Hoi An was by far the highlight of my trip to Vietnam! This classic Vietnamese riverside town came to fame in 1999 when it was listed as a UNESCO world heritage site to preserve its historic architecture. A fusion of Vietnamese, Chinese, Japanese and European influences have created this old port’s picturesque and unique landscape.
Old Town – Is charming, the majority of the buildings are yellow with red tile roofs, beautiful flowers hang from the eves and climb across the verandas, you can really see the influences that different cultures have brought to this town as you stroll through the streets. You’ll notice that even though there are a lot of tourists around, its missing the traffic and craziness of the bigger cities such as Hanoi or Ho Chi Minh and it makes for a really peaceful change! If you plan on visiting some of the historic buildings located in Old town, you will need to purchase an entry ticket which is priced at 120 000 dong per person (about USD6.00), the fee goes towards building maintenance.
- Japanese Bridge Pagoda (Chua Cau) – Was built in the early 1600’s by the Japanese community, 40 years later they returned back to Japan due to the strict Japanese laws at the time. The bridge was renovated in 1986 and today is one of Old Towns most iconic attractions.
- Fujian Assembly Hall (Phuc Kien) – Built in 1960 it was originally an assembly hall but later transformed into a temple for the Chinese deity Thien Hau (goddess of sea) who protects sailors from danger. This hall is the most prominent in Hoi An.
- Chaozhou Assembly Hall (Trieu Chau) – Was built by the Chinese in 1845 and is dedicated to the god of wind & big waves.
If you don’t want to visit the historic buildings and would rather just stroll through the town and check out the shops etc then you don’t need to purchase the ticket – You will be asked to buy one as soon as you enter Old Town, so advise the staff at the counter you’re just walking through.
The atmosphere of Old Town changes at night, it’s bustling and the streets really come alive. There are cyclos everywhere full of tourists taking tours around the town (drivers will most likely approach you too, to see if you’d also like a ride). There are restaurants and eateries dotted right throughout Old Town, it’s the perfect place to come to eat a beautiful, authentic Vietnamese meal.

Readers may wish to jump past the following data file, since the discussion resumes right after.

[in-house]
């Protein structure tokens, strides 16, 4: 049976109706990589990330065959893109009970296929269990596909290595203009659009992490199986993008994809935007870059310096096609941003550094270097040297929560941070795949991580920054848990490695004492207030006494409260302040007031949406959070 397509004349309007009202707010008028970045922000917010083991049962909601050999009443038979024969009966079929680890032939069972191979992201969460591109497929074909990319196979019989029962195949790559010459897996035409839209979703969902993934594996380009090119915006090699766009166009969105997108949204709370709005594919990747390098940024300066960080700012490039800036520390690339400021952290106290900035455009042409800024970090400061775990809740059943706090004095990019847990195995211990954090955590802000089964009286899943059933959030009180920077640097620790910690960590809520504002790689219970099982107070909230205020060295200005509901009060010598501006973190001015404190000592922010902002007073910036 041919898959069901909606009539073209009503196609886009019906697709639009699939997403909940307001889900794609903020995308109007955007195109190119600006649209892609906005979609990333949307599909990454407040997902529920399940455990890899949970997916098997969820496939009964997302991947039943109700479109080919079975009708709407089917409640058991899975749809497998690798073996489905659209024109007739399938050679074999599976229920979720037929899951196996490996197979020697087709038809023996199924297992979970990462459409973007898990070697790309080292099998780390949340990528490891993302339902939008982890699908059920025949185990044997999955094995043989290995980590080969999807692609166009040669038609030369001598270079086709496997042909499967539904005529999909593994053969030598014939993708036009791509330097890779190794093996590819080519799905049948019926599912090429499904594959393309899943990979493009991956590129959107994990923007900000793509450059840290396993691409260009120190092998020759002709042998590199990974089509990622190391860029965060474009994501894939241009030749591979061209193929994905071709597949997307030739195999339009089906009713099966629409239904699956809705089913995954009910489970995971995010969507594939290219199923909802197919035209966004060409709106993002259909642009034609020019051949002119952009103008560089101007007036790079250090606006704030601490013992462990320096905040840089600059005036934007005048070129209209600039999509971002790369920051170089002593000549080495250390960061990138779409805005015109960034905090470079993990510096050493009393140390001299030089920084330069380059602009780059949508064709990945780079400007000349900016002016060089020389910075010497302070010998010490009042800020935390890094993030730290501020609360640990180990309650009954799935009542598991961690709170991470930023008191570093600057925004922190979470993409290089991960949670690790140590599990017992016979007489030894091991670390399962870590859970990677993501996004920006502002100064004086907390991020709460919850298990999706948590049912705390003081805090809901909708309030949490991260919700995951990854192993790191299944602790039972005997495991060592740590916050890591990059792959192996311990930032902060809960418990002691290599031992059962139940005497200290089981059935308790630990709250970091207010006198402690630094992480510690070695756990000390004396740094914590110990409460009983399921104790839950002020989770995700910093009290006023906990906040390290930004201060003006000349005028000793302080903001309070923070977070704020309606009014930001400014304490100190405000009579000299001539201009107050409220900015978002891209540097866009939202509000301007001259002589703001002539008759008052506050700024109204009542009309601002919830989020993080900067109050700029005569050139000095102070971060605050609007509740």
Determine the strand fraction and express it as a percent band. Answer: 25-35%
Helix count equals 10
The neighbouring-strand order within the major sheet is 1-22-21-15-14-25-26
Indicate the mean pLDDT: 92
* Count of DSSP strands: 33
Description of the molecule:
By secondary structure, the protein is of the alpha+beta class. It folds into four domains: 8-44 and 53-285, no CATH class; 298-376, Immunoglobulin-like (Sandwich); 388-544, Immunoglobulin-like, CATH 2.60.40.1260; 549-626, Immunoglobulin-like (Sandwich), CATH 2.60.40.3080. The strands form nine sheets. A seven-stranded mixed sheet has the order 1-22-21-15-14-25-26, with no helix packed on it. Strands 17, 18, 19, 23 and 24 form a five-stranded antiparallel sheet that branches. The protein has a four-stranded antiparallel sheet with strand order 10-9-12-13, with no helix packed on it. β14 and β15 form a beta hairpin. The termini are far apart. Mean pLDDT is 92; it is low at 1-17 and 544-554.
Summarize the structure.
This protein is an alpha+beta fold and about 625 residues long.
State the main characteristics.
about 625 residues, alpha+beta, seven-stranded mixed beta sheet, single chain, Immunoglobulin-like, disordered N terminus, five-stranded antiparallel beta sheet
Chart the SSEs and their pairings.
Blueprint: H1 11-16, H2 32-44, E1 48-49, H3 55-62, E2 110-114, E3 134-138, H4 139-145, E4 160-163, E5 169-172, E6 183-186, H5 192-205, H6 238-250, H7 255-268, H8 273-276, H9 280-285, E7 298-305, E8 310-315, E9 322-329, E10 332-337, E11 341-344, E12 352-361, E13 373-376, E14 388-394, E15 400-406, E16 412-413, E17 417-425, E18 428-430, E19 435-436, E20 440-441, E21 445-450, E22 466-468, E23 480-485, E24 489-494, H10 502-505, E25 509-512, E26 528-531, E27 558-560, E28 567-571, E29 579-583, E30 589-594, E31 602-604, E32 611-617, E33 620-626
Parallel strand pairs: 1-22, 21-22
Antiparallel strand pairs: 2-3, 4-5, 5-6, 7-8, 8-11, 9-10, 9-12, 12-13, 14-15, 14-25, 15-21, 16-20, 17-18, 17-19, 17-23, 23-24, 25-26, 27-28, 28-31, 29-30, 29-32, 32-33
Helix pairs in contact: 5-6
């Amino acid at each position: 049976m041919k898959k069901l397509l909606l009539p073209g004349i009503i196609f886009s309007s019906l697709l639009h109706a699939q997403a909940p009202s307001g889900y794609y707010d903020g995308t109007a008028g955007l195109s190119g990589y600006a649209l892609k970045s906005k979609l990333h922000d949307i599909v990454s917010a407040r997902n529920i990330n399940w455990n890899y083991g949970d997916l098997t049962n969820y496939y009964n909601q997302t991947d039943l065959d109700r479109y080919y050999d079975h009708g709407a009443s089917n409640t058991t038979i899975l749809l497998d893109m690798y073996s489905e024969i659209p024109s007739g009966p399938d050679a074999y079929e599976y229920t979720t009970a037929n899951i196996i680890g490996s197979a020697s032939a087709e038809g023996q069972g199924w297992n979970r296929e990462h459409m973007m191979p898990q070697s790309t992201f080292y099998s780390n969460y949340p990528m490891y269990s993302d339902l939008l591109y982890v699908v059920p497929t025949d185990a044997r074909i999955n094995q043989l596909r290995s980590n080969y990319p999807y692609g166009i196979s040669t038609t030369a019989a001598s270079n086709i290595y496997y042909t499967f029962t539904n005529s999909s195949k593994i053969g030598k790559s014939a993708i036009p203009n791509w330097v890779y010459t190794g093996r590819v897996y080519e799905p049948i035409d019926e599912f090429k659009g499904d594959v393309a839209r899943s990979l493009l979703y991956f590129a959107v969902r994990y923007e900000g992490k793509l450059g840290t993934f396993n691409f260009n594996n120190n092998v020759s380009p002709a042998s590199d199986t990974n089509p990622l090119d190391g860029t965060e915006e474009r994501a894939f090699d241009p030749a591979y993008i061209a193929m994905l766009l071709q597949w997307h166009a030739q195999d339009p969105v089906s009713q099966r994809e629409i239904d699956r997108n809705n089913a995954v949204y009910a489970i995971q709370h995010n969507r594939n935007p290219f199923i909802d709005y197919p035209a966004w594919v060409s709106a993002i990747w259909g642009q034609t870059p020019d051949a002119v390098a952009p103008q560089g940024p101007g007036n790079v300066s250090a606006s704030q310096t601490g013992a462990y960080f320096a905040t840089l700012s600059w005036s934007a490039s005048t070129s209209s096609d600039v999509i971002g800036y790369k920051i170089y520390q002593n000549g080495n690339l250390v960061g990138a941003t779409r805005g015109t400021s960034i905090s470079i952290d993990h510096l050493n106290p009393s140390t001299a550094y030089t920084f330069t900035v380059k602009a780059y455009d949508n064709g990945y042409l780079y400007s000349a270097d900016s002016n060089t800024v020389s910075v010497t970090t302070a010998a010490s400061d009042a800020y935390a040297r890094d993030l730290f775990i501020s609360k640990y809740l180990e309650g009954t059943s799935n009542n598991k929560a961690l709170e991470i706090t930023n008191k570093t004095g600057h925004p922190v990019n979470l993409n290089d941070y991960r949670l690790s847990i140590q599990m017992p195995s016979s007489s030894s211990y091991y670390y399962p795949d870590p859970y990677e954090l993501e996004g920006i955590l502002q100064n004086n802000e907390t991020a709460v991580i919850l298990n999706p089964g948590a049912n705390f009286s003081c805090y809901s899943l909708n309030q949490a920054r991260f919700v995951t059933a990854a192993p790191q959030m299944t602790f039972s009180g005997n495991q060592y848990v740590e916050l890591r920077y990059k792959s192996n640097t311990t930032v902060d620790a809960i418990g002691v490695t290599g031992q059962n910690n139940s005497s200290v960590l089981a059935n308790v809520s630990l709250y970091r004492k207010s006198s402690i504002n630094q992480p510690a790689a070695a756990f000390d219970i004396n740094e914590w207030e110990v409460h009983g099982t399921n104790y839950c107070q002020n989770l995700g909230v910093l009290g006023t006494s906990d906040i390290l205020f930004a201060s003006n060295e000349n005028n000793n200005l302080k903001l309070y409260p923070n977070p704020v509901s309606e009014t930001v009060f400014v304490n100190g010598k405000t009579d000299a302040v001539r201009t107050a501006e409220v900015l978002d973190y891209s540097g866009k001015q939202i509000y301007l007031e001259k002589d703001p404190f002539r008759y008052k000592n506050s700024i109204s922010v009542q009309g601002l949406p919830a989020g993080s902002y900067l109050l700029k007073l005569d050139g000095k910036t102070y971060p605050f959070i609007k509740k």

Hoi An Night Market – Isn’t too big compared to other Vietnamese markets but it’s got a great vibe and is a really fun place to check out. The street is lined with vendors selling souvenirs, scarves, toys, hats, bags, street food and beautiful handmade lanterns…I became slightly obsessed with the lanterns and took so many pictures of them!
Hoi An Canal – The Hoai River and its canals have been ranked among the top 10 most famous in the world. Hoi An was once a fishing village and port, situated on the cost of the South China Sea and is sometimes called the ‘Venice of Vietnam’ due to the narrow canals the cut through part of the town.
Buy yourself some custom made clothes – Hoi An is very well known for its tailors, they can make you anything you want, in any fabric you want, in a ridiculously short amount of time! Although it can be tempting, try not to be lured into fancy the showrooms, getting clothes made at these places is expensive and they are loaded with pushy staff trying to hard sell.
Sanjay and I had several garments made for us by Five Seasons Tailors – The staff were lovely and Cham our tailor was very professional and had no issues with getting our garments made. We had a consultation with Cham at 12pm and she had the items ready for us to try on by 7pm that night! She tailored the fittings for alterations around our schedule and was able to change and alter the garments as we wanted (see what I did there) 🙂 We got coats, suits, jumpsuits, dresses and trousers made to measure, they’re all of a very high quality and were very reasonably priced. If you plan on getting some tailoring done Sanjay and I definitely recommend Five Seasons – Mention Priti & Sanjay from New Zealand to Cham and she’ll look after you!
We also took day trips to My Son and the Mekong Delta from Hoi An but I’ll share more about these with you in a separate post.
If you’re planning to visit Vietnam, Hoi An is not to be missed, even though it’s becoming increasingly commercialised for tourists you won’t find a place as unique as this one anywhere in Vietnam.
Happy Travels, Priti x